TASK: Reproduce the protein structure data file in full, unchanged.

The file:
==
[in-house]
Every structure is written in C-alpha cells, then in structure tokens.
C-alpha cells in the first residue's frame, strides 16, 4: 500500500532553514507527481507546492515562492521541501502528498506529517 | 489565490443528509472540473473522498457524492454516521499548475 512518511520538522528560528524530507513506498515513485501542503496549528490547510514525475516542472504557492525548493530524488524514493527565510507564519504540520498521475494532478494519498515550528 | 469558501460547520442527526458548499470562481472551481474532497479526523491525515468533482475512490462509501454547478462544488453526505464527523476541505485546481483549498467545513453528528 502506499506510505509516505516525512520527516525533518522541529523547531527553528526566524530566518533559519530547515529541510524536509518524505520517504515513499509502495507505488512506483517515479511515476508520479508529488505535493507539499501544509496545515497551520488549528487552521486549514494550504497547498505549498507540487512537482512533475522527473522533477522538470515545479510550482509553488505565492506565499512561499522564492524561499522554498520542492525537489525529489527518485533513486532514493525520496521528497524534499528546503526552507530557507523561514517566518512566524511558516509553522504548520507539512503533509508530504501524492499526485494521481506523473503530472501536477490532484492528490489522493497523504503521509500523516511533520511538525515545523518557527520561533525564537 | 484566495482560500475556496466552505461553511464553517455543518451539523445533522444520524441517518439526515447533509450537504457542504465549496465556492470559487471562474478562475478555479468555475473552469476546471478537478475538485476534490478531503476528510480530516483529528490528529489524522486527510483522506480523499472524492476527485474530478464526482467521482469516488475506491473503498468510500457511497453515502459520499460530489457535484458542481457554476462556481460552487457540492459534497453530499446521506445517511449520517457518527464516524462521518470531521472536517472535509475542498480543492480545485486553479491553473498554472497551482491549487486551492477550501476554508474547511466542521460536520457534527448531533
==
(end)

[in-house]
Every structure is written in C-alpha cells, then in structure tokens.
C-alpha cells in the first residue's frame, strides 16, 4: 500500500532553514507527481507546492515562492521541501502528498506529517 | 489565490443528509472540473473522498457524492454516521499548475 512518511520538522528560528524530507513506498515513485501542503496549528490547510514525475516542472504557492525548493530524488524514493527565510507564519504540520498521475494532478494519498515550528 | 469558501460547520442527526458548499470562481472551481474532497479526523491525515468533482475512490462509501454547478462544488453526505464527523476541505485546481483549498467545513453528528 502506499506510505509516505516525512520527516525533518522541529523547531527553528526566524530566518533559519530547515529541510524536509518524505520517504515513499509502495507505488512506483517515479511515476508520479508529488505535493507539499501544509496545515497551520488549528487552521486549514494550504497547498505549498507540487512537482512533475522527473522533477522538470515545479510550482509553488505565492506565499512561499522564492524561499522554498520542492525537489525529489527518485533513486532514493525520496521528497524534499528546503526552507530557507523561514517566518512566524511558516509553522504548520507539512503533509508530504501524492499526485494521481506523473503530472501536477490532484492528490489522493497523504503521509500523516511533520511538525515545523518557527520561533525564537 | 484566495482560500475556496466552505461553511464553517455543518451539523445533522444520524441517518439526515447533509450537504457542504465549496465556492470559487471562474478562475478555479468555475473552469476546471478537478475538485476534490478531503476528510480530516483529528490528529489524522486527510483522506480523499472524492476527485474530478464526482467521482469516488475506491473503498468510500457511497453515502459520499460530489457535484458542481457554476462556481460552487457540492459534497453530499446521506445517511449520517457518527464516524462521518470531521472536517472535509475542498480543492480545485486553479491553473498554472497551482491549487486551492477550501476554508474547511466542521460536520457534527448531533